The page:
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I have a Vox AC4 amplifier which lack of FX loop.

Hence, it is possible to add the effects only in front of the amplifier. The chain would be: Guitar --> looper --> Reverb --> Amp

Because the looper is in front, it is important to match the impedance for the rest pedals:

From the looper I will have 330Ω of the output

HolyGrain which is stomp box has 680.000 Ω on input and 360Ω on the output RV 300 which is modulatory pedal has 250.000Ω on input and 1.000 Ω on output

What is the better option assuming that I would like to send to Ac4 a very undisturbed in terms of frequencies range signal and ii) not lose the amplitude of the signal because AC4 lack of the head-room ?

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    As a general rule of thumb, connecting low output impedance to high input impedance doesn't cause any problems. In any case the "mismatches" between 330Ω 680Ω and 1KΩ are not likely to be significant. Factors of 2 are important for speaker impedances, because the output impedance of a good transistor amp is 0.01 ohms or less, not 4 to 16 ohms, so "turning the amp up to 11" can easily overload the amp if the speaker impedance is too low. But "overloading" a line-level output with an impedance of a few hundred ohms won't "damage" anything, whatever you do - the power levels are too low. – user19146 Sep 1 '17 at 9:33
  • What about replacing speaker with more efficient one? – teodozjan Sep 1 '17 at 10:34
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    "Is it possible to connect high-impedance headphones into the 16 Ohm speaker output" That is not a good idea. On an "old-school" tube amp design, it may damage the amp simply because the output impedance is wrong (note, tube amps are different from transistor amps and effects boxes here), and if that doesn't happen, the amp can generate enough output to fry the headphones, or permanently damage your hearing. With phones the sound is generated right in your ear with close to 100% efficiency. A speaker cabinet is often less than 10% efficient, and several feet from your ears. – user19146 Sep 1 '17 at 11:19
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    If you're asking if you can plug the output of the reverb and looper into the guitar input on the amp, then yes that is ok, there is nothing wrong with that. You don't even have to think about the impedances, they are correct, they shouldn't match. Matched impedances is bad for pedals, good for amp to speaker connections. If you're asking if you can connect the amp speaker output to the input of the reverb or looper, you can't because that will damage the amp, pedal, or both. Both the impedances and the power levels are wildly wrong for that kind of hookup. – Todd Wilcox Sep 1 '17 at 14:56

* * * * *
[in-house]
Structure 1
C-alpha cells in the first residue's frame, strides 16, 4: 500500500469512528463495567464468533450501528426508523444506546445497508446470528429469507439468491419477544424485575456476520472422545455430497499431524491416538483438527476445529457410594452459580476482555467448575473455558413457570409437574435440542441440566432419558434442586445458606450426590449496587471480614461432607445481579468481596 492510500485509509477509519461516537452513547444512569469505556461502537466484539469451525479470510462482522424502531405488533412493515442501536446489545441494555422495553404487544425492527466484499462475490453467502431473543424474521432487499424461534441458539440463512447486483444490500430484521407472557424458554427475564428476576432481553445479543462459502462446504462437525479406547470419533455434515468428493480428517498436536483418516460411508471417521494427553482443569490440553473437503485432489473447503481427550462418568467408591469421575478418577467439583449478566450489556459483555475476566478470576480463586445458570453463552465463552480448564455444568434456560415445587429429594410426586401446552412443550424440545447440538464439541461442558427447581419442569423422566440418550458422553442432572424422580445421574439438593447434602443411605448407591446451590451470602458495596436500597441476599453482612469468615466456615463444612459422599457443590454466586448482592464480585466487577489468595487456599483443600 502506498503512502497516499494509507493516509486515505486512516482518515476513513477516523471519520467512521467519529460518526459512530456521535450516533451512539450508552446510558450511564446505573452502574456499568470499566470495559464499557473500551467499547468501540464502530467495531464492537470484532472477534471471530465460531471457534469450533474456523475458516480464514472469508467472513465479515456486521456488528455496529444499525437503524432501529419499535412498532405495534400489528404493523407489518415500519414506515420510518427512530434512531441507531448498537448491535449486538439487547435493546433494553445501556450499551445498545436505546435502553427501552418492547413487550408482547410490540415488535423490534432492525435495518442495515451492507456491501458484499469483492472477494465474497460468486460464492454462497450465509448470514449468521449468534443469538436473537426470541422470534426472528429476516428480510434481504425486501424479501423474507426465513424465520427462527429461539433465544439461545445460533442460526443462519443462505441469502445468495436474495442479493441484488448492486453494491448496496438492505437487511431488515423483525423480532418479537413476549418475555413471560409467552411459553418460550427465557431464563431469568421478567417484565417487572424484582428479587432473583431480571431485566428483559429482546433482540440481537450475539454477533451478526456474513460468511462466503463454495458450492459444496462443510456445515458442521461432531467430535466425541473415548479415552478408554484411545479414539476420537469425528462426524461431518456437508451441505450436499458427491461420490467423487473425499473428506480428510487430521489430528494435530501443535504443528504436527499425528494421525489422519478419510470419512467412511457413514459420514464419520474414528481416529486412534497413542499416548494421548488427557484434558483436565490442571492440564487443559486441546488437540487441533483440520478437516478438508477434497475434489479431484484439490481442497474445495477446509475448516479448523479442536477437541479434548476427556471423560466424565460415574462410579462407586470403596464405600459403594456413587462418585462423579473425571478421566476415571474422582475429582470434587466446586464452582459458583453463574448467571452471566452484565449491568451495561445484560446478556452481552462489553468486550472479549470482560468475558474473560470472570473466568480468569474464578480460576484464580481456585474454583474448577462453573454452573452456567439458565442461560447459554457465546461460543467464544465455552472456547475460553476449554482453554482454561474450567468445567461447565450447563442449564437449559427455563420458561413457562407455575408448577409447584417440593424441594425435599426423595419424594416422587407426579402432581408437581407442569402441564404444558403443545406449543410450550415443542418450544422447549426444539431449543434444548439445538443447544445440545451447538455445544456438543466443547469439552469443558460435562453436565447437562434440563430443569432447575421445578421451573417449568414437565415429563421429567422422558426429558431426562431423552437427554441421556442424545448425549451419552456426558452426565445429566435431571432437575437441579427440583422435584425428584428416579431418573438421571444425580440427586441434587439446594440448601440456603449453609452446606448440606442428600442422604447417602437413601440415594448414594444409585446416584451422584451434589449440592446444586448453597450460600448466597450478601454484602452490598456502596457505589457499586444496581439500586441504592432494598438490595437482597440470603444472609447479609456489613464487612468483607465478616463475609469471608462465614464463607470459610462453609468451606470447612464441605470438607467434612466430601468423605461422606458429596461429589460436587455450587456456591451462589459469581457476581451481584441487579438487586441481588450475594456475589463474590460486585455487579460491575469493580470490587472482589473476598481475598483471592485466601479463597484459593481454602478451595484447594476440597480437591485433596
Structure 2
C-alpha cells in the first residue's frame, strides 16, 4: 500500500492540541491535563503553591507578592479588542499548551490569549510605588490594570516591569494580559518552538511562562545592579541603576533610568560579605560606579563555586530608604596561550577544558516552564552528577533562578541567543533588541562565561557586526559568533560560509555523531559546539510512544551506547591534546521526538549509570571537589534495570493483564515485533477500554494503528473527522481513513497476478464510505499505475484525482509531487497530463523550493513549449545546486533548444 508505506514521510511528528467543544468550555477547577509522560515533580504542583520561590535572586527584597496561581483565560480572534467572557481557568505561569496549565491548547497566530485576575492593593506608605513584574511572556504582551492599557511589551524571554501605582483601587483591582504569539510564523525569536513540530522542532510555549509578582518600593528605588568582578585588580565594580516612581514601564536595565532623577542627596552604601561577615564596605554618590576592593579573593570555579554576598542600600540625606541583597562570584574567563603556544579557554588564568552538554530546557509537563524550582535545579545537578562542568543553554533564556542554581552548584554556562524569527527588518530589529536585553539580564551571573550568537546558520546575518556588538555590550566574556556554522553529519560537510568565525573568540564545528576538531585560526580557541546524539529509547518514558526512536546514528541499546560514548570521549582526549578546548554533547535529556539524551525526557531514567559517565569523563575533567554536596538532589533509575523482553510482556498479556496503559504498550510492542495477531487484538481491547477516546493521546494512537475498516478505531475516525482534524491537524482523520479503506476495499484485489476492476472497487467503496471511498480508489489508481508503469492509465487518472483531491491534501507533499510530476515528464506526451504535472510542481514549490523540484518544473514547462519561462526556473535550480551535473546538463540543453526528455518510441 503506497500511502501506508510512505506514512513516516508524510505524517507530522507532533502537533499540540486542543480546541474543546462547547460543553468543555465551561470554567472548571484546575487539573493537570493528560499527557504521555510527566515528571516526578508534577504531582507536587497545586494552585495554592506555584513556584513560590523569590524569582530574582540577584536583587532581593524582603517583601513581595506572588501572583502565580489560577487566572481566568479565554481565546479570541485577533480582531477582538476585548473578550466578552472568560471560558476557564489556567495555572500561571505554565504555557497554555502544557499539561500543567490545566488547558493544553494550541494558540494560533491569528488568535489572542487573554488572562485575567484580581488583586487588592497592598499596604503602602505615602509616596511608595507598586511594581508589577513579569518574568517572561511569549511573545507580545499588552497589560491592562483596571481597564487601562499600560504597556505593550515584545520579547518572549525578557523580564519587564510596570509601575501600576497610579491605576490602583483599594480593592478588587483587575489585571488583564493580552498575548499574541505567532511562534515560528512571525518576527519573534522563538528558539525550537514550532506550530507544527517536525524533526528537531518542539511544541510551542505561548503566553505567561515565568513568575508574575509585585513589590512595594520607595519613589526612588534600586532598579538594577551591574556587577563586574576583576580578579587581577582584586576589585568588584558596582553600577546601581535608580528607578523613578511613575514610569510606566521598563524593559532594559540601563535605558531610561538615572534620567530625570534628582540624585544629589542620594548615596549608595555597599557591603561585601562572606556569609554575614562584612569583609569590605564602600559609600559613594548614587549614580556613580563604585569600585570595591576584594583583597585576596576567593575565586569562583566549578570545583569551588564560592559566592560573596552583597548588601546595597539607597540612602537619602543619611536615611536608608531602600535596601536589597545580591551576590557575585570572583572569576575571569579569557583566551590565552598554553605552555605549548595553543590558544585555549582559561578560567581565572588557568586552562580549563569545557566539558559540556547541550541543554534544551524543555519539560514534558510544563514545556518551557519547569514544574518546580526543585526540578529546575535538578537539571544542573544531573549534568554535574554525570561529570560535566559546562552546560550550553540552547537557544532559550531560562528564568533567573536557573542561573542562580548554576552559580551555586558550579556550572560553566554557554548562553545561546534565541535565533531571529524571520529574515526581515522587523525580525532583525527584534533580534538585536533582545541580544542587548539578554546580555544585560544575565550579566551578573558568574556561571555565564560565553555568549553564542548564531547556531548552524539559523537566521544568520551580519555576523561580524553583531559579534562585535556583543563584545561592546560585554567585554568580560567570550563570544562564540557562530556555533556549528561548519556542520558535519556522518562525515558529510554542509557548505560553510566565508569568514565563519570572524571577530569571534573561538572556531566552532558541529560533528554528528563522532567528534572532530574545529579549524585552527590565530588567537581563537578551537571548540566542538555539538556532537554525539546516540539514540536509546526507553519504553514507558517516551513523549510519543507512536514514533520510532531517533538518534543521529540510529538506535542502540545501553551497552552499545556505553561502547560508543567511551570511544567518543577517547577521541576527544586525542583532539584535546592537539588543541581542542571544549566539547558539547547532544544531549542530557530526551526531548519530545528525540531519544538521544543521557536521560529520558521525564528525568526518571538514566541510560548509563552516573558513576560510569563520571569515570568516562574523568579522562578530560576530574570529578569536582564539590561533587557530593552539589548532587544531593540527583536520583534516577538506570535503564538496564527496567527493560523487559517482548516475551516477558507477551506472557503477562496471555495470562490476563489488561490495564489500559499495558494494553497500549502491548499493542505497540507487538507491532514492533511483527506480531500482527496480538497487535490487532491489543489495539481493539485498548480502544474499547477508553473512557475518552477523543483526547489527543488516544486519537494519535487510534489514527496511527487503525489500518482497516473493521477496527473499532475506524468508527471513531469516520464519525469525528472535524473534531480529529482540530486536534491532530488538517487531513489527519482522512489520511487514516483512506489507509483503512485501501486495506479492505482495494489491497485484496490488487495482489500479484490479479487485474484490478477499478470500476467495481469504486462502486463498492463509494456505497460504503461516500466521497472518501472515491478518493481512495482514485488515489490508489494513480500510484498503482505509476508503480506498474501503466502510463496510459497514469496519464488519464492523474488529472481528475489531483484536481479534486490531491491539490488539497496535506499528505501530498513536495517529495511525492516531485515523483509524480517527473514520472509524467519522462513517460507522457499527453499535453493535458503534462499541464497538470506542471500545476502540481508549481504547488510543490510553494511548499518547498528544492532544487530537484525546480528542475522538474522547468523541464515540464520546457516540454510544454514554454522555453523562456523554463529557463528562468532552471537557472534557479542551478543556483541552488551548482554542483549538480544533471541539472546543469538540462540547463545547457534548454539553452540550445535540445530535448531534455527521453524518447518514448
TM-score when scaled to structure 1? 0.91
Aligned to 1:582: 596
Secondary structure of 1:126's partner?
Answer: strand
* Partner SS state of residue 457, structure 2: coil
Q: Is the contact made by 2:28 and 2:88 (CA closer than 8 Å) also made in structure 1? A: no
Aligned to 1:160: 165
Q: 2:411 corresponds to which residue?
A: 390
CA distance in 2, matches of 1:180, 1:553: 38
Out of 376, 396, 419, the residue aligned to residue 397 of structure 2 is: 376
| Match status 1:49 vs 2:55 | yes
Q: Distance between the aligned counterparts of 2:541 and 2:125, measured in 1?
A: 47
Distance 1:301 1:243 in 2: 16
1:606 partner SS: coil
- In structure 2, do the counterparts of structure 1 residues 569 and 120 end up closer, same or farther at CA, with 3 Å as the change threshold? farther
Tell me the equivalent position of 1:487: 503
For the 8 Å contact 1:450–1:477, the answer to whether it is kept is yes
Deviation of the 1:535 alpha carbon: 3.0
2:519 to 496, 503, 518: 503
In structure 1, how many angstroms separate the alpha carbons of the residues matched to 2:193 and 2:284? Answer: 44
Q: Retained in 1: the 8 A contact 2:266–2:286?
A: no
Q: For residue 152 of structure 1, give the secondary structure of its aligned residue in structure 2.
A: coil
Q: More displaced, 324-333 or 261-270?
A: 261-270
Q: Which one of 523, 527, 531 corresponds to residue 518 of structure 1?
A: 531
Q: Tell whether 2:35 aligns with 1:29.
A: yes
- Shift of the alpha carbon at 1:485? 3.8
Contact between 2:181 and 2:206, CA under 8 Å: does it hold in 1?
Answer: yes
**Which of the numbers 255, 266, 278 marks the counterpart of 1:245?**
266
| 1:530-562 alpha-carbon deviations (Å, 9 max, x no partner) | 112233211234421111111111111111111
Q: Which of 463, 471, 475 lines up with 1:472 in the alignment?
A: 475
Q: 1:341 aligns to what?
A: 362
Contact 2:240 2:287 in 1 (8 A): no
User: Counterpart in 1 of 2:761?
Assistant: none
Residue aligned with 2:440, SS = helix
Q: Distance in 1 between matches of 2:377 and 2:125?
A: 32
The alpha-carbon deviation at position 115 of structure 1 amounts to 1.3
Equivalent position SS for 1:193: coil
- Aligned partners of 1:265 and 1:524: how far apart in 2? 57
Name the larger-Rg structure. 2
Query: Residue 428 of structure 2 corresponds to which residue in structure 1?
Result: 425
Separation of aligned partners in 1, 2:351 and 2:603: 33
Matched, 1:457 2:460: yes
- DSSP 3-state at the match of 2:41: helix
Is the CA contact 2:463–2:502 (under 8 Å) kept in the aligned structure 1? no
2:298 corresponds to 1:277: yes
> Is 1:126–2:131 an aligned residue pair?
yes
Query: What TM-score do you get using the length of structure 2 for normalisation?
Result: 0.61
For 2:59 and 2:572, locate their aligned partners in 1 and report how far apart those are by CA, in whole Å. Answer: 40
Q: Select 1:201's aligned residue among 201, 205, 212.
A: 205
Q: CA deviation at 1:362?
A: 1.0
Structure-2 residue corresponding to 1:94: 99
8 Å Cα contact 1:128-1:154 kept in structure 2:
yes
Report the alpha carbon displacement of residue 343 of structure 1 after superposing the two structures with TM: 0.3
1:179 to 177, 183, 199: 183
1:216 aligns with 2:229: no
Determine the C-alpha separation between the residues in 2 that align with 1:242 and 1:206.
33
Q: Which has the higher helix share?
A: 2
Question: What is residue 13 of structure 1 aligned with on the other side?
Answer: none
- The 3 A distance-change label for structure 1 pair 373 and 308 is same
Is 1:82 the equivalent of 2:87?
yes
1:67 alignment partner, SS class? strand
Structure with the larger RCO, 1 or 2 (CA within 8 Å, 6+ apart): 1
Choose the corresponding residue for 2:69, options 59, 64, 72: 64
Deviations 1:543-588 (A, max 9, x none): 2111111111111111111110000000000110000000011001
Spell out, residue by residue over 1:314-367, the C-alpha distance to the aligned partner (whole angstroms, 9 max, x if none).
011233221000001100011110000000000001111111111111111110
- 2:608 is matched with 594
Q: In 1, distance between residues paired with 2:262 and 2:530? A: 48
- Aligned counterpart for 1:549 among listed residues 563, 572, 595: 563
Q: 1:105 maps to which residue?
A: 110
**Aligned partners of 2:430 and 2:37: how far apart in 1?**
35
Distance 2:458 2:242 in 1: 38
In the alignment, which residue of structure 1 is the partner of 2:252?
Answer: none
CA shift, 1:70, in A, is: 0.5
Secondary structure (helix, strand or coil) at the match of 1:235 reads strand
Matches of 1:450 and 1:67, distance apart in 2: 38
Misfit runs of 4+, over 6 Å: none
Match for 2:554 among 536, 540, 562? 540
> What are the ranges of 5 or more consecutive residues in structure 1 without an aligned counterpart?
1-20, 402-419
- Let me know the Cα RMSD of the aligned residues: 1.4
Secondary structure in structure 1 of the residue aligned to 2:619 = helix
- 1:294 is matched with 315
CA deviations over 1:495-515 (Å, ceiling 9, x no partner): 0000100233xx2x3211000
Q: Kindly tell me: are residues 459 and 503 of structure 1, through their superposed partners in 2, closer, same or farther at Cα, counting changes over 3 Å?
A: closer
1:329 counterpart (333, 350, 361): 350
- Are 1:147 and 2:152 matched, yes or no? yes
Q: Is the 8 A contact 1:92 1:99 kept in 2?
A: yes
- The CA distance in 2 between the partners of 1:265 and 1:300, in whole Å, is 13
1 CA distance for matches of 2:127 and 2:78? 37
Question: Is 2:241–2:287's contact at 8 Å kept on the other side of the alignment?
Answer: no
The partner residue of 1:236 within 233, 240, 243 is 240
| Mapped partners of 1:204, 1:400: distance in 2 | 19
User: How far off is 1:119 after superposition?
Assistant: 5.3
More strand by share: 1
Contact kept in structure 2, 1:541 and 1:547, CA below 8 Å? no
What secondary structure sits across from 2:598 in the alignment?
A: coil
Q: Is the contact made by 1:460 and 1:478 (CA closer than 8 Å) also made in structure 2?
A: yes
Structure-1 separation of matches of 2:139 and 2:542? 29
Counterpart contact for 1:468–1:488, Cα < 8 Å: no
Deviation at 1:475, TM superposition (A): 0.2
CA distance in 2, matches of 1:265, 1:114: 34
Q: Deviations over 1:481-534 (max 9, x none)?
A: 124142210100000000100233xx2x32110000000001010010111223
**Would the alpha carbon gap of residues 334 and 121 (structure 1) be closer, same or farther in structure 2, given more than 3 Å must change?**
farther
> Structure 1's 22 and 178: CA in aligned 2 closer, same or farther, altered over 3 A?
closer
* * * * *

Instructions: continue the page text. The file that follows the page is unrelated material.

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    @user3470313: you are getting confused here (or I am). YOur question is pretty straightforward, but then in a comment you mention hooking something up between the speaker and the amp. That is the Bad Thing Todd is speaking about. There is a lot of power there and things can break and even burn. Don't confuse speaker impedance matching with lowZ-hiZ input impedance matching. – Yorik Sep 1 '17 at 14:56
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Don't over-think this. Just hook them up and see what happens. Low output impedence to high input impedence is good. Inputs are about detecting voltage, not about transferring power. If there's a problem or it doesn't sound good, come back and ask again. But I don't think there will be. These boxes are INTENDED to be used in-line with guitar inputs.

  • This answer doesn't seem to clarify why the askers concerns are unfounded. It also could be misinterpreted to mean it's ok to connect the pedals in any way at all, such as to the speaker output of the amp. – Todd Wilcox Sep 1 '17 at 13:31
  • I repeat - "These boxes are INTENDED to be used in-line with guitar inputs." The concerns are unfounded because (a) LoZ out to HiZ in is good and (b) these boxes are designed to be used in-line with guitar inputs. – Laurence Payne Sep 1 '17 at 13:59

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